Acwa secures Islamic finance for Jizan plant

02 July 2015

First industrial gases projects to use solely Islamic finance

  • Saudi Arabia’s Acwa Holding and US Air Products sign on $1.7bn of Islamic financing
  • The financing is for the $2bn Jizan air separation unit (ASU)/oxygen supply package
  • Ten local and international banks participated in the syndicated debt

Saudi Arabia’s Acwa Holding and the US’ Air Products secured $1.7bn in Islamic financing for the Jizan air separation unit (ASU)/oxygen supply package on 1 July.

Saudi Aramco awarded Acwa and Air Products the $2bn package in April 2015.

A group of ten local and international banks provided the syndicated debt. The international lenders include Japan’s Mizuho, Sumitomo Mitsui Banking Corporation and Bank of Tokyo Mitsubishi, France’s Societe Generale, and Abu Dhabi’s First Gulf Bank.

It was the last package for the planned 400,000 barrels a day refinery and adjoining 4,000MW integrated gasification combined-cycle (IGCC) power plant at Jizan Economic City.

When completed in 2018, the facility will be the world’s largest industrial gas complex and will supply 20,000 tonnes a day (t/d) of oxygen and 55,000 t/d of nitrogen.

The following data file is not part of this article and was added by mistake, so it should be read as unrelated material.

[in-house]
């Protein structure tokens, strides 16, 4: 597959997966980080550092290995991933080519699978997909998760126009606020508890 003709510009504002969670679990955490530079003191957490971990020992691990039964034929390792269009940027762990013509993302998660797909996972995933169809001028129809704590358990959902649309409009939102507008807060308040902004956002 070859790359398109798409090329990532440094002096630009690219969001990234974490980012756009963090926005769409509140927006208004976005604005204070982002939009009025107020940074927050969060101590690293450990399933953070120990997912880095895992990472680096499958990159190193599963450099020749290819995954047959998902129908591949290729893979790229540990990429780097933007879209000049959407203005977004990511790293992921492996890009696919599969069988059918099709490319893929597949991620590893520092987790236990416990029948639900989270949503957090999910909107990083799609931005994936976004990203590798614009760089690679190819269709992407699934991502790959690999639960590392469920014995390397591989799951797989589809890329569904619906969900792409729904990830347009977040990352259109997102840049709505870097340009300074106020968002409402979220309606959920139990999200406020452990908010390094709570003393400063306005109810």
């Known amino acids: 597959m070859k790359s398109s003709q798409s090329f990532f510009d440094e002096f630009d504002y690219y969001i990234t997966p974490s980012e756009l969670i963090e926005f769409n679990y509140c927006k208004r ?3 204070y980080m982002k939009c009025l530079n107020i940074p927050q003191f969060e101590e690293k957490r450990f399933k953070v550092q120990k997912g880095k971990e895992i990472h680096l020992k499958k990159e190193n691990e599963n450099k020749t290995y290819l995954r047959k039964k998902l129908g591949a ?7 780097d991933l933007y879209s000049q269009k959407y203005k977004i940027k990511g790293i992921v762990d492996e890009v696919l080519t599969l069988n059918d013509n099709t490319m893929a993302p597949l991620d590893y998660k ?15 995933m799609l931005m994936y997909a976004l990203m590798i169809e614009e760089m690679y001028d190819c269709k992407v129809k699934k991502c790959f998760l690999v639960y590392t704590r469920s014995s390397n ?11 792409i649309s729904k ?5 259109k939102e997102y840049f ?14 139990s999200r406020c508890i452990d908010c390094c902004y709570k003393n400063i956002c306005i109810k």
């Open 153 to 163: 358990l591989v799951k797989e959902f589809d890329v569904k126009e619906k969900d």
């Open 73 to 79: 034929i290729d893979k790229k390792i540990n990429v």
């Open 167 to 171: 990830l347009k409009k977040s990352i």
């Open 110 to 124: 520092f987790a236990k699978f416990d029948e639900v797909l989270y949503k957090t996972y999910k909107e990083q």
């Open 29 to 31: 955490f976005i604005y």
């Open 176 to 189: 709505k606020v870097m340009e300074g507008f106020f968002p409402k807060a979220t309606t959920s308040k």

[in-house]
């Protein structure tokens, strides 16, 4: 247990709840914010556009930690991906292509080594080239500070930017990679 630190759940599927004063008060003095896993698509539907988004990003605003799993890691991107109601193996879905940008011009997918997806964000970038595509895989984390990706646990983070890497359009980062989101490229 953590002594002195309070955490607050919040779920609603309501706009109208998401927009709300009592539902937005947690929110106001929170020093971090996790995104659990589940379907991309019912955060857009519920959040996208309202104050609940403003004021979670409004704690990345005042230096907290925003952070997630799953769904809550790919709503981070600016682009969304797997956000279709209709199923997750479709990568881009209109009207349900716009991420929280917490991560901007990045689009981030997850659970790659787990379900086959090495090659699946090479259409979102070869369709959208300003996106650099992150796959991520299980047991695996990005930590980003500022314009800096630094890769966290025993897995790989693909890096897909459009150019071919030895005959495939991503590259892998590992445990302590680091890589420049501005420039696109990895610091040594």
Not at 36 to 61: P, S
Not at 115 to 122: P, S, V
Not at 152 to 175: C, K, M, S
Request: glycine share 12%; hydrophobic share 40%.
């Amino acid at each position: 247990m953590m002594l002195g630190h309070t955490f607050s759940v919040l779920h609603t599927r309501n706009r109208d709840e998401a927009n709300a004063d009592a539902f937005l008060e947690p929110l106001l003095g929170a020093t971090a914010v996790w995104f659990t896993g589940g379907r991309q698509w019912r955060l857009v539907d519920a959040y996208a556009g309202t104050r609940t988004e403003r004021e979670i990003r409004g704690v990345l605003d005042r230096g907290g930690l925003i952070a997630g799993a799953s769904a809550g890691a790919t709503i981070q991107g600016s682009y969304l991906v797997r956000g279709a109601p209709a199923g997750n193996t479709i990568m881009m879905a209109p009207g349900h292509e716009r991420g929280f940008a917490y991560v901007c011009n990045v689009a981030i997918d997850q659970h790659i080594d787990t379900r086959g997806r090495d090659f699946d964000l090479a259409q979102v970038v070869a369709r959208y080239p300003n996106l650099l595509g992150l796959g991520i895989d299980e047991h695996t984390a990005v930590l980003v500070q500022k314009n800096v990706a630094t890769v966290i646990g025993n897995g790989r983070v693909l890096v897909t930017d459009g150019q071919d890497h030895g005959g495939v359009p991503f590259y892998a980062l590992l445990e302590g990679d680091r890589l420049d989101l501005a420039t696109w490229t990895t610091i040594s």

Air Products will execute the deal on a build-own-operate-transfer (BOOT) basis over 20 years. Air Products will provide the technology and be responsible for the design and build as well as retain a 25 per cent stake. Acwa is the investor and will own 75 per cent. 

King & Spalding advised Acwa on the deal, which set a precedent for Islamic project finance.

“This is the world’s largest industrial gases project and the first to be financed on an Islamic project financing basis,” said Leroy Levy, partner at King & Spalding. “This financing and the involvement of international lenders shows just how significant – and genuinely global – the Islamic finance market has become. The appetite of conventional lenders for Islamic finance and Shari’ah-compliant projects is also growing and this project is a major boost for the finance markets.”

Saudi Aramco decided to outsource the project, despite the higher costs, to avoid having to pay for the entire project on an engineering, construction, procurement basis.

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